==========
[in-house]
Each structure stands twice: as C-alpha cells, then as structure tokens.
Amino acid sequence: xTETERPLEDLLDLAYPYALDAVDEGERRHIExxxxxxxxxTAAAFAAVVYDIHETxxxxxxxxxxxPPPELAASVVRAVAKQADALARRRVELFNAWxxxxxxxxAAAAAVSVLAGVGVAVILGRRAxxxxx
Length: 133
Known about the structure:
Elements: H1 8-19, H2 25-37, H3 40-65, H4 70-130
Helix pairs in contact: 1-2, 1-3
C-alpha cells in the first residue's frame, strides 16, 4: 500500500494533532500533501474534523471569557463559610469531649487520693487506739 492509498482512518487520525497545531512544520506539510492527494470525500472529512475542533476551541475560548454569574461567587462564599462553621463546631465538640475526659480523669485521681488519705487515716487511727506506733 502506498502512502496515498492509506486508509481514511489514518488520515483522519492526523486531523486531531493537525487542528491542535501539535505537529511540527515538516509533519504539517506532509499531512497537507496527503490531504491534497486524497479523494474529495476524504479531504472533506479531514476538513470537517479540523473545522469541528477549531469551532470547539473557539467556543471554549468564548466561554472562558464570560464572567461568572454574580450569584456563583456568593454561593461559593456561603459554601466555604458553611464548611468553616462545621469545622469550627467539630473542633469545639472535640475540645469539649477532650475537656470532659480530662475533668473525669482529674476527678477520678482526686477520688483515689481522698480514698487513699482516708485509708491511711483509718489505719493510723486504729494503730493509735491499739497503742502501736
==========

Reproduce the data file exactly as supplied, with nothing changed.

[in-house]
Each structure stands twice: as C-alpha cells, then as structure tokens.
Amino acid sequence: xTETERPLEDLLDLAYPYALDAVDEGERRHIExxxxxxxxxTAAAFAAVVYDIHETxxxxxxxxxxxPPPELAASVVRAVAKQADALARRRVELFNAWxxxxxxxxAAAAAVSVLAGVGVAVILGRRAxxxxx
Length: 133
Known about the structure:
Elements: H1 8-19, H2 25-37, H3 40-65, H4 70-130
Helix pairs in contact: 1-2, 1-3
C-alpha cells in the first residue's frame, strides 16, 4: 500500500494533532500533501474534523471569557463559610469531649487520693487506739 492509498482512518487520525497545531512544520506539510492527494470525500472529512475542533476551541475560548454569574461567587462564599462553621463546631465538640475526659480523669485521681488519705487515716487511727506506733 502506498502512502496515498492509506486508509481514511489514518488520515483522519492526523486531523486531531493537525487542528491542535501539535505537529511540527515538516509533519504539517506532509499531512497537507496527503490531504491534497486524497479523494474529495476524504479531504472533506479531514476538513470537517479540523473545522469541528477549531469551532470547539473557539467556543471554549468564548466561554472562558464570560464572567461568572454574580450569584456563583456568593454561593461559593456561603459554601466555604458553611464548611468553616462545621469545622469550627467539630473542633469545639472535640475540645469539649477532650475537656470532659480530662475533668473525669482529674476527678477520678482526686477520688483515689481522698480514698487513699482516708485509708491511711483509718489505719493510723486504729494503730493509735491499739497503742502501736